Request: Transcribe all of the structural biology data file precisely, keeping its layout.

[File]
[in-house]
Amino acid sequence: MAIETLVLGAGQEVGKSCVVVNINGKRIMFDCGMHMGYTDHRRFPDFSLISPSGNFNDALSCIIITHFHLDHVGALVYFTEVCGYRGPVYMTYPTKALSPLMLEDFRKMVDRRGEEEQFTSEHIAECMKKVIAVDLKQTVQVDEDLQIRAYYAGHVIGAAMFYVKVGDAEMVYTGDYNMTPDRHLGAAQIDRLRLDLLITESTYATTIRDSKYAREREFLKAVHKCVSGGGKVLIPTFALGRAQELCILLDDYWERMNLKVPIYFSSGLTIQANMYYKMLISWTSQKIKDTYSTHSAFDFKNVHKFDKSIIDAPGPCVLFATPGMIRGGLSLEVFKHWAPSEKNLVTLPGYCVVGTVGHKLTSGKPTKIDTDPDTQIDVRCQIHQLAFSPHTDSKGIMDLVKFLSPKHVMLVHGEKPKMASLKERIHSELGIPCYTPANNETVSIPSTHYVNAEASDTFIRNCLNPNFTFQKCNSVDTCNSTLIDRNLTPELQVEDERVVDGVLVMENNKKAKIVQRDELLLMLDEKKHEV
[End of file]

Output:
[in-house]
Amino acid sequence: MAIETLVLGAGQEVGKSCVVVNINGKRIMFDCGMHMGYTDHRRFPDFSLISPSGNFNDALSCIIITHFHLDHVGALVYFTEVCGYRGPVYMTYPTKALSPLMLEDFRKMVDRRGEEEQFTSEHIAECMKKVIAVDLKQTVQVDEDLQIRAYYAGHVIGAAMFYVKVGDAEMVYTGDYNMTPDRHLGAAQIDRLRLDLLITESTYATTIRDSKYAREREFLKAVHKCVSGGGKVLIPTFALGRAQELCILLDDYWERMNLKVPIYFSSGLTIQANMYYKMLISWTSQKIKDTYSTHSAFDFKNVHKFDKSIIDAPGPCVLFATPGMIRGGLSLEVFKHWAPSEKNLVTLPGYCVVGTVGHKLTSGKPTKIDTDPDTQIDVRCQIHQLAFSPHTDSKGIMDLVKFLSPKHVMLVHGEKPKMASLKERIHSELGIPCYTPANNETVSIPSTHYVNAEASDTFIRNCLNPNFTFQKCNSVDTCNSTLIDRNLTPELQVEDERVVDGVLVMENNKKAKIVQRDELLLMLDEKKHEV